Starter homes won’t solve affordable housing crisis, survey finds
1st March 2016 16:10 - Housing
The market research findings were released by the Town and Country Planning Association (TCPA) and revealed that approximately 80 per cent of local councils do not feel that the UK Government’s starter homes should be referred to as affordable housing.
The Town and Country Planning Association conducted the market research alongside the Association for Public Sector Excellence. The Associations carried out online surveys of council leaders, heads of planning, heads of finance and heads of housing, within local authorities throughout England. The research took place during February 2016.
Of the councils in the survey, 96 per cent said that the needs for affordable housing was either moderate or severe, however, they feel that the Government’s Starter Homes policy will not help the situation, but make the crisis worse.
More than 2 in 3 respondents said that they expect the Government will build less affordable and social housing on the back of the Government’s plans to decrease social rents by 1 per cent for the next four years.
Of the councils, 90 per cent said that they are concerned that the extension of the Right to Buy to housing association tenants will result in less socially-rented homes being available.
The Town and Country Planning Association uncovered that the dubiousness is not politically motivated, with 53 per cent of respondents being from councils controlled by the Conservatives.
The Chief Executive of the Town and Country Planning Association, Kate Henderson, said of the research findings:
“Low cost homeownership, such as starter homes, may help some people get a first step on the housing ladder, but as the survey of council’s highlights this will not address the need for genuinely affordable homes.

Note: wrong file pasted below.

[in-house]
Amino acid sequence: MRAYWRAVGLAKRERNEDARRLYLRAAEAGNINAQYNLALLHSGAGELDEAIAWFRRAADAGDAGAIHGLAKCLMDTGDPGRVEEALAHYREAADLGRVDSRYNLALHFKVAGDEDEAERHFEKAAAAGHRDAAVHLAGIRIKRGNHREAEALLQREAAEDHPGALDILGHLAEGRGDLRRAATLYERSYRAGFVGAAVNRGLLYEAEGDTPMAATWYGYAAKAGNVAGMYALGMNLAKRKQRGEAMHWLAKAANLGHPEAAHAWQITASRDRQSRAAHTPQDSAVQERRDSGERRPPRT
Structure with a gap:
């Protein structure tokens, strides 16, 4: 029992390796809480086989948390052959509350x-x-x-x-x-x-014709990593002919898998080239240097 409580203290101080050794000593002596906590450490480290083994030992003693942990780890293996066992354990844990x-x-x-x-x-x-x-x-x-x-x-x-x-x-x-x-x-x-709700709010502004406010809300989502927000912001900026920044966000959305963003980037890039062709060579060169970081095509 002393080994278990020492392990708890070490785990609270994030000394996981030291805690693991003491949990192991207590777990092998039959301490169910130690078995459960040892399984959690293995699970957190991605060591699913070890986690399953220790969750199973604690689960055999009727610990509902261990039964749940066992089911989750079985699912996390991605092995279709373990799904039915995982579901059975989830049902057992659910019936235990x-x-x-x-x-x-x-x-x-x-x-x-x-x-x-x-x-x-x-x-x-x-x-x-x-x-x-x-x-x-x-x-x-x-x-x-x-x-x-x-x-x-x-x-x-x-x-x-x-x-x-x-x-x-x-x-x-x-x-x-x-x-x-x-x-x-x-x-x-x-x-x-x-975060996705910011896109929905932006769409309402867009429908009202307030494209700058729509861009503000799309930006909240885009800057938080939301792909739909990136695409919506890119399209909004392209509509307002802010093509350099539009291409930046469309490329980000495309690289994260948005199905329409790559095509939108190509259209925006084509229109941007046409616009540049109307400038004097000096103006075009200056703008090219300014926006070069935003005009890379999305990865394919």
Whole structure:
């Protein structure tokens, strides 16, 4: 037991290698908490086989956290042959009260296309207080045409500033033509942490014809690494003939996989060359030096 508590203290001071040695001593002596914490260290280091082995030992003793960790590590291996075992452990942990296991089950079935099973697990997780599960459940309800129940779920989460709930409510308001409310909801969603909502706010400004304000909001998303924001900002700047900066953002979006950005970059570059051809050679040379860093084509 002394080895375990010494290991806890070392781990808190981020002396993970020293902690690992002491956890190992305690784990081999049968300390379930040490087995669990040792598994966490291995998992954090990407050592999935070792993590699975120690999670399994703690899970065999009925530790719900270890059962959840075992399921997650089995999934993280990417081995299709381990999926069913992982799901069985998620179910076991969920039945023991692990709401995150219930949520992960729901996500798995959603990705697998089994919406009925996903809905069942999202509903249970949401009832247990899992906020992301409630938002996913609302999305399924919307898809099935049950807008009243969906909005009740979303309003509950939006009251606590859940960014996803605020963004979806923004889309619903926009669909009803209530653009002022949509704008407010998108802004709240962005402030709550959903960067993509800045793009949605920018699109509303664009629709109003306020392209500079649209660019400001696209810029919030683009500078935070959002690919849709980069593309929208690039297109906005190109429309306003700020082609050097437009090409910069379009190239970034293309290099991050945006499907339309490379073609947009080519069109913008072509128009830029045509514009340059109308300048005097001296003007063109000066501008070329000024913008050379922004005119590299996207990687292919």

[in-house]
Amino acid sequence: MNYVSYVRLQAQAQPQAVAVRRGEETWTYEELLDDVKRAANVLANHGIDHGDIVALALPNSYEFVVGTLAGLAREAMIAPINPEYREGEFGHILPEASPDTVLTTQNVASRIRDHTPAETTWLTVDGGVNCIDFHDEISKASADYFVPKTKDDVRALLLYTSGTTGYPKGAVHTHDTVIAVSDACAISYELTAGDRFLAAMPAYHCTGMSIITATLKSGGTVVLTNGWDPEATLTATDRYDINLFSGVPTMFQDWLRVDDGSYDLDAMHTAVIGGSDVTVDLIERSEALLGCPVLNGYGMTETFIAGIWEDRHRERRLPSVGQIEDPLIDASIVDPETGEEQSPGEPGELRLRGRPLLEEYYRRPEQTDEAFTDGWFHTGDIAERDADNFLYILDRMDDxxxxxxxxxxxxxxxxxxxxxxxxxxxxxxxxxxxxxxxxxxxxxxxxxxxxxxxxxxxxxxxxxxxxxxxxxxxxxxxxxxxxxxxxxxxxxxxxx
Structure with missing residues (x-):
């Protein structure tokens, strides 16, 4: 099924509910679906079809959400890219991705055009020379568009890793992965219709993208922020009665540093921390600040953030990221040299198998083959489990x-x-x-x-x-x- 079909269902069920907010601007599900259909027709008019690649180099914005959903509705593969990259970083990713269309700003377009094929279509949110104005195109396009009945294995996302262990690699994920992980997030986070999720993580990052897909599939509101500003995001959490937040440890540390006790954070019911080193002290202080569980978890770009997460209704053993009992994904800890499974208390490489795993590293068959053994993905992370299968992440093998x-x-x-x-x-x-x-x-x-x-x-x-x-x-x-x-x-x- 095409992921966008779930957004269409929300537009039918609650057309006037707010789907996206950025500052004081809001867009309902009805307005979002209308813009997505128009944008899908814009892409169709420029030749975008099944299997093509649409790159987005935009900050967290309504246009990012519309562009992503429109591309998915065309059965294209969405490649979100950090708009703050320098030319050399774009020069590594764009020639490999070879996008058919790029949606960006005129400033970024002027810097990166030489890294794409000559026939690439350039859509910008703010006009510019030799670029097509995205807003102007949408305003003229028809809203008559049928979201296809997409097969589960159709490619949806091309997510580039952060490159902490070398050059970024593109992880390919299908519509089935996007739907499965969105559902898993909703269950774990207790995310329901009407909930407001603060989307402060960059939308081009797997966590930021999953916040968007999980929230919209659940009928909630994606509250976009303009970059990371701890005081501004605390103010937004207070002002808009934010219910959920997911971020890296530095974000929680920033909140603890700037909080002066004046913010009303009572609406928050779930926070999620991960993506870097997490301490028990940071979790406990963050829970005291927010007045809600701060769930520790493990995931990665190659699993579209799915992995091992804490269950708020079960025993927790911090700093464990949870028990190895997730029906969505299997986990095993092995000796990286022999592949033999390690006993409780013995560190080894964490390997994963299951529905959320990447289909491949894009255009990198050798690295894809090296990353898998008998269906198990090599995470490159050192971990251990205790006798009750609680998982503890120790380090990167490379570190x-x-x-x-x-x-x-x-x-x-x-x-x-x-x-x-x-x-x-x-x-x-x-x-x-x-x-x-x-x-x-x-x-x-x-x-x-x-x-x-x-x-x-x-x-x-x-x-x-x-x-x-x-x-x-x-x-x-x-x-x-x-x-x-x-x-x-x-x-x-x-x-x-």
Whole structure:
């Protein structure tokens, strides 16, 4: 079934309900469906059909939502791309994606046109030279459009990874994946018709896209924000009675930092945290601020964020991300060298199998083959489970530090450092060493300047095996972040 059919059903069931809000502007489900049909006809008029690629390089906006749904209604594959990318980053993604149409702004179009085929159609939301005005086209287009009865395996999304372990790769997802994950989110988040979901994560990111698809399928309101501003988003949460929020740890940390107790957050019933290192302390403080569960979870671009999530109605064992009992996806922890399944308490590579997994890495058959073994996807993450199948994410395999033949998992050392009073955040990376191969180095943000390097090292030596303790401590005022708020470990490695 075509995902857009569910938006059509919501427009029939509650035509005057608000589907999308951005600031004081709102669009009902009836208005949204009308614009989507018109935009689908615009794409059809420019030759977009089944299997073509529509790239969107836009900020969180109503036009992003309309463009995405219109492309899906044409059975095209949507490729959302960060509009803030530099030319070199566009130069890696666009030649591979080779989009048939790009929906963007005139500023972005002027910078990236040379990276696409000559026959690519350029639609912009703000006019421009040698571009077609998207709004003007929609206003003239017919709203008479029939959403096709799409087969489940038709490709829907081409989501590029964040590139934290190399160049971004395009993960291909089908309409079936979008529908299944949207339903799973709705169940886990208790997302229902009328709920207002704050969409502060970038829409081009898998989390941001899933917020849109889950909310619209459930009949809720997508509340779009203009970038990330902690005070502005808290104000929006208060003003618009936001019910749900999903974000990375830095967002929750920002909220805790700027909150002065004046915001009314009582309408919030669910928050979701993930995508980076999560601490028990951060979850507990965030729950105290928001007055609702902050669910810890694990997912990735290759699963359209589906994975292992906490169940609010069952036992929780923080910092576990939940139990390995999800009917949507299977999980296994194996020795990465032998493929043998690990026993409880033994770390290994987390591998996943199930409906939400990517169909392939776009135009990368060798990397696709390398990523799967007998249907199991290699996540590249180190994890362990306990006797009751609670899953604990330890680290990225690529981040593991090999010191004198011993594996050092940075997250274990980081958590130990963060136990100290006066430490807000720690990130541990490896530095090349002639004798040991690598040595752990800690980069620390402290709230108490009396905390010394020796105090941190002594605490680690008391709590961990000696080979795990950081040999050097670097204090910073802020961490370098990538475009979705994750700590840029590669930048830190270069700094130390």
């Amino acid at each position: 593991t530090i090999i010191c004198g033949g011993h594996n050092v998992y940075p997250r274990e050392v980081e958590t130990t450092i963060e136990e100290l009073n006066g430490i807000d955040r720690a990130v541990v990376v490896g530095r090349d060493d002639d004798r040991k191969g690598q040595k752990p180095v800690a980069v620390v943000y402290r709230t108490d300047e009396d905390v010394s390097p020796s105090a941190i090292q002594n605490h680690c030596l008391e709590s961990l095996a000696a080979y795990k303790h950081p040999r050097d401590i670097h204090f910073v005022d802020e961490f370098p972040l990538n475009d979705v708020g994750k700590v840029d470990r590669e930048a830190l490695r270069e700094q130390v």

“We need a housing strategy for the nation that provides decent homes for everyone in society, including those most in need in the current housing crisis.”
Henderson added: “Our survey has revealed that four out of five councils do not think starter homes should be classified as affordable housing because they are simply not affordable for essential low-paid workers – whose employment underpins an economy on which we all depend – or for many people on average incomes.”
The Chief Executive of the Association for Public Sector Excellence, Paul O’Brien, said of the findings:
“What is clear from these survey results is that the headlong rush to extend Right to Buy to housing associations is an ill-thought out measure which enjoys little support, and this is reflected across the different political parties at a local level.
“With nine out of 10 councils genuinely concerned that the extension of the Right to Buy to housing association tenants will further diminish the already short supply of socially-rented homes, available in their local communities, we say to Government now is the right time to listen on Right to Buy.”
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